Implementation of a limited version of the Trump administration’s ban on travel from six mostly Muslim countries is “going to be a little messy for the next few months,” says Jorge Barón, director of the Northwest Immigrant Rights Project.
After the Supreme Court’s ruling on the Trump administration’s ban on travelers from six Muslim-majority countries, local leaders said there are questions that still need to be answered and uncertainty around what the ruling will mean.
“It’s going to be a little messy for the next few months,” said Jorge Barón, the executive director of the Northwest Immigrant Rights Project (NWIRP).
But the Supreme Court’s decision to take up the case, and the protections it placed on people with a “bona fide relationship with a person or entity in the United States,” could be seen as a positive development, too, they added.
- Judge in Hawaii blocks latest version of Trump’s travel ban
- Trump argues for travel ban after terror attacks in London
- Where things stand in legal fight over travel ban (June 3)
- U.S. to seek social-media details from certain visa applicants
- Trump targets 9th Circuit, the court that halted first travel ban
- Meet Jorge Baron, who leads the "big fight" for NW immigrants
- Trump's new travel ban avoids some legal pitfalls, but not all, local experts say
- New travel ban targets visa applicants from 6 nations, not Iraq
- Immigration Q&A: What is a refugee? What are green cards?
- Interest declines in trips to U.S.
- Wash. judge who stalled first ban is highly regarded GOP appointee
- A history of immigration in America
- 30 Days: A refugee family's first month here
“It’s also an important statement from the Supreme Court that the Trump administration can’t continue to trample on the rights of these people, who have family, who have employment and other ties to the United Sates,” said Matt Adams, NWIRP’s legal director.
“I do think people will probably look at this as a split decision in some ways,” Barón said. “Some people are going to continue traveling and some people will not be.”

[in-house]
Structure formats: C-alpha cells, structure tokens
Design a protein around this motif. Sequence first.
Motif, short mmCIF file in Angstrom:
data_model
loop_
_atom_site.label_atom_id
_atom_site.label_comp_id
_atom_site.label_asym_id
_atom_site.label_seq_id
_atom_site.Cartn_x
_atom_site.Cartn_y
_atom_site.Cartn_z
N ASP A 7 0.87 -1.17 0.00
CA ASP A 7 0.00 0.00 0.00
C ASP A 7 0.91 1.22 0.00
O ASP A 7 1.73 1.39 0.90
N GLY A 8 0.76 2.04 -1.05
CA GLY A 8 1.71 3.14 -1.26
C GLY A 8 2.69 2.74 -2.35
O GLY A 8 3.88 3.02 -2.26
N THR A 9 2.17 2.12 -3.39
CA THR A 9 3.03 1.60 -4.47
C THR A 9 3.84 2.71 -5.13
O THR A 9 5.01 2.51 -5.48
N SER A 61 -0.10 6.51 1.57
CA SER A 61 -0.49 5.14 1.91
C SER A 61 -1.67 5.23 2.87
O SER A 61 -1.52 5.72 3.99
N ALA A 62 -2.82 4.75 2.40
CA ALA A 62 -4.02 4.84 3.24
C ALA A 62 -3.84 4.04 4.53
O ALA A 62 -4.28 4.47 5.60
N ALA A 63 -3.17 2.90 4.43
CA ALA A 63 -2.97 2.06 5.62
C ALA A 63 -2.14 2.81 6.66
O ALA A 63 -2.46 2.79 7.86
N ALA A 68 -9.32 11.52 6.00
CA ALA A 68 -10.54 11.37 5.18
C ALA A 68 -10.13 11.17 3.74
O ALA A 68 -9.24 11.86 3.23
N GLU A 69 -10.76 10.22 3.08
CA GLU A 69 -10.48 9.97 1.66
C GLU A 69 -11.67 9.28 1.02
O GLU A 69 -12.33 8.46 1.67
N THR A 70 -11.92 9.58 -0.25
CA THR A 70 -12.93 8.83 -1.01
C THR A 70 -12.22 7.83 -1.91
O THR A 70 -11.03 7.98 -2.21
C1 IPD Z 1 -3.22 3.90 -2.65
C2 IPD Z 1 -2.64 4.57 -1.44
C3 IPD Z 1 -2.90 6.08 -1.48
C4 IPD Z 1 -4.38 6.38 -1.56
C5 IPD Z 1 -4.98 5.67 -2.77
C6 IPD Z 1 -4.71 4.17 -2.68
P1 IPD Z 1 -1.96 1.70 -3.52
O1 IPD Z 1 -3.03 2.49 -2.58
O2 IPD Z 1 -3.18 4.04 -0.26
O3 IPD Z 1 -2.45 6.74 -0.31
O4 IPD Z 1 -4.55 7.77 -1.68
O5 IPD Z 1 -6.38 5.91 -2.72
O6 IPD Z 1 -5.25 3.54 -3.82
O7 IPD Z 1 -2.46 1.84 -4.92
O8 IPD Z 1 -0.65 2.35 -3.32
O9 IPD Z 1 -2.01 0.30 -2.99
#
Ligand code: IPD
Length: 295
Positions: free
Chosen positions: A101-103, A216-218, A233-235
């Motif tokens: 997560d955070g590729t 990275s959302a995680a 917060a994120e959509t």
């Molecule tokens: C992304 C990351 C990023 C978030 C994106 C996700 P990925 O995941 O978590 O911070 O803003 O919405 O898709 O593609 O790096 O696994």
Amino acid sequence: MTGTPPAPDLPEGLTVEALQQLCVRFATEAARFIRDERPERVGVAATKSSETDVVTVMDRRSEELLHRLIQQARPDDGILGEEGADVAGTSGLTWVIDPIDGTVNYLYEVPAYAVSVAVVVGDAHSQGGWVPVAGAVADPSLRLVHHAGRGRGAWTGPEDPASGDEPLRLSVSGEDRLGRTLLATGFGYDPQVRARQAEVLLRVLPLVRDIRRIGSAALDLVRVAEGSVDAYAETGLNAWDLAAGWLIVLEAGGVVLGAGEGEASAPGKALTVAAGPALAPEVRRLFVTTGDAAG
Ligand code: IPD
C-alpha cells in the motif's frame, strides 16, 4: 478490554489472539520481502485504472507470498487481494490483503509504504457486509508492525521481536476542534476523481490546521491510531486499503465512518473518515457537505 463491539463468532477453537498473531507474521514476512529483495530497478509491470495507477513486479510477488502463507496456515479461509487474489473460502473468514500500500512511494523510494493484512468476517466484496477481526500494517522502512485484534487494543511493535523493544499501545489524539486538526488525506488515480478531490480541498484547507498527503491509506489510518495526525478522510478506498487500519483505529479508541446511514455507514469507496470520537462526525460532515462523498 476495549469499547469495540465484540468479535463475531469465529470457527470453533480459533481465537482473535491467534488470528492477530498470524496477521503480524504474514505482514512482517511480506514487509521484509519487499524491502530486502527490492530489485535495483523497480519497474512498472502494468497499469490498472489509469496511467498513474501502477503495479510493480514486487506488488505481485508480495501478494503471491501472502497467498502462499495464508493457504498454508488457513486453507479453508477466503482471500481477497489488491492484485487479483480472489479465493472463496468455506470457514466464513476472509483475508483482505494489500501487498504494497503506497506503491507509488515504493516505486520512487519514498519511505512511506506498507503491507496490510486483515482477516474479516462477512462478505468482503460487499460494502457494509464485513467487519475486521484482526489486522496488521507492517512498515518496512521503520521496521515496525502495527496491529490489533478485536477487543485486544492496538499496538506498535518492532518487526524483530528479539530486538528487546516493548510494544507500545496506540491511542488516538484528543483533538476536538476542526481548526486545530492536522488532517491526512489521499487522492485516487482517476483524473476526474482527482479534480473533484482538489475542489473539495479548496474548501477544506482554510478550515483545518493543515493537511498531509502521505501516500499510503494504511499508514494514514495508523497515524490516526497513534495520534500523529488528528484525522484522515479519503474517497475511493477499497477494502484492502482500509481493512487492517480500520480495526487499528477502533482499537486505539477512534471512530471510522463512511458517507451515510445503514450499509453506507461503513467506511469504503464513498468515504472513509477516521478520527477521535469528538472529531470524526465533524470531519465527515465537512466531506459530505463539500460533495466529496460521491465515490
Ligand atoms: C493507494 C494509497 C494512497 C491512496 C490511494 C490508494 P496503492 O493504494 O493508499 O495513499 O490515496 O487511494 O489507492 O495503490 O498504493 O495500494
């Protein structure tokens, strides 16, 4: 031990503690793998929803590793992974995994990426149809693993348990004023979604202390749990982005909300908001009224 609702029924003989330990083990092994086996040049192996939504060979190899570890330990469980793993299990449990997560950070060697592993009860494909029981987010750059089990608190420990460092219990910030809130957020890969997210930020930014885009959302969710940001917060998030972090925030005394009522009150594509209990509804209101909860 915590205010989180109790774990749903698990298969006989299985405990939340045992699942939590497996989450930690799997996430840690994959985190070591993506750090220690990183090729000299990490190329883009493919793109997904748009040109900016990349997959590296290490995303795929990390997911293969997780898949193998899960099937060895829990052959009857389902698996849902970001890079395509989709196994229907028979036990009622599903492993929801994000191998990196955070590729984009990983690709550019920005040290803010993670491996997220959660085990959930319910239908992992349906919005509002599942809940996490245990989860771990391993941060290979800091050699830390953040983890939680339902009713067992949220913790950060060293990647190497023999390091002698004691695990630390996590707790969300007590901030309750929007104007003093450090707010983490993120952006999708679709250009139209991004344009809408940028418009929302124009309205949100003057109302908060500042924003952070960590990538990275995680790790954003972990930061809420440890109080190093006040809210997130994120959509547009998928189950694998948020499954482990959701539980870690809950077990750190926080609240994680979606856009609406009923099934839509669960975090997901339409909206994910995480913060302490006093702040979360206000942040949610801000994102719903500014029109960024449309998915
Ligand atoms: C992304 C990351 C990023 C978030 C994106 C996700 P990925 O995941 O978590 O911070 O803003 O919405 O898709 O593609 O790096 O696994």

Most Read Local Stories
- Controversy heats up over removal of Lower Snake River dams as orcas suffer losses VIEW
- Highway 520 bridge to reopen after closure in both directions due to police activity
- San Francisco is cracking down on tent camps. Will Seattle do the same? VIEW
- GOP leaders call for state Rep. Matt Manweller to resign after latest sexual misconduct allegation
- Teens arrested in connection with fatal drive-by shooting in Burien identified through school surveillance footage
Gov. Jay Inslee, who has vehemently opposed the travel ban, released a statement Monday that reflected the mixed nature of the high court’s ruling.
“A substantial number of people will still be protected as a result of the stay as the Supreme Court’s actions essentially narrowed the travel-ban order. But we know that President Trump has made it clear that his travel ban and refugee policies were never intended to be about thoughtful national security, but instead a way of discriminating against certain people for their cultures and religious beliefs,” Inslee said.
“As the high court considers these cases in full, I hope they will consider the president’s own words, and our nation’s constitutional protections against discrimination.”
Washington state Attorney General Bob Ferguson, who led a lawsuit that brought a halt to the Trump administration’s first travel-ban order, encouraged Washingtonians to contact his office if they have a relationship with someone denied access to the U.S.
“Although I’m deeply disappointed that the injunctions were narrowed and the travel ban will partly go into effect, the protections that remain are significant,” Ferguson said in a news release.
Uncertainty over how the government will apply the ban could play out again at airports and other points of entry into the country, Barón said.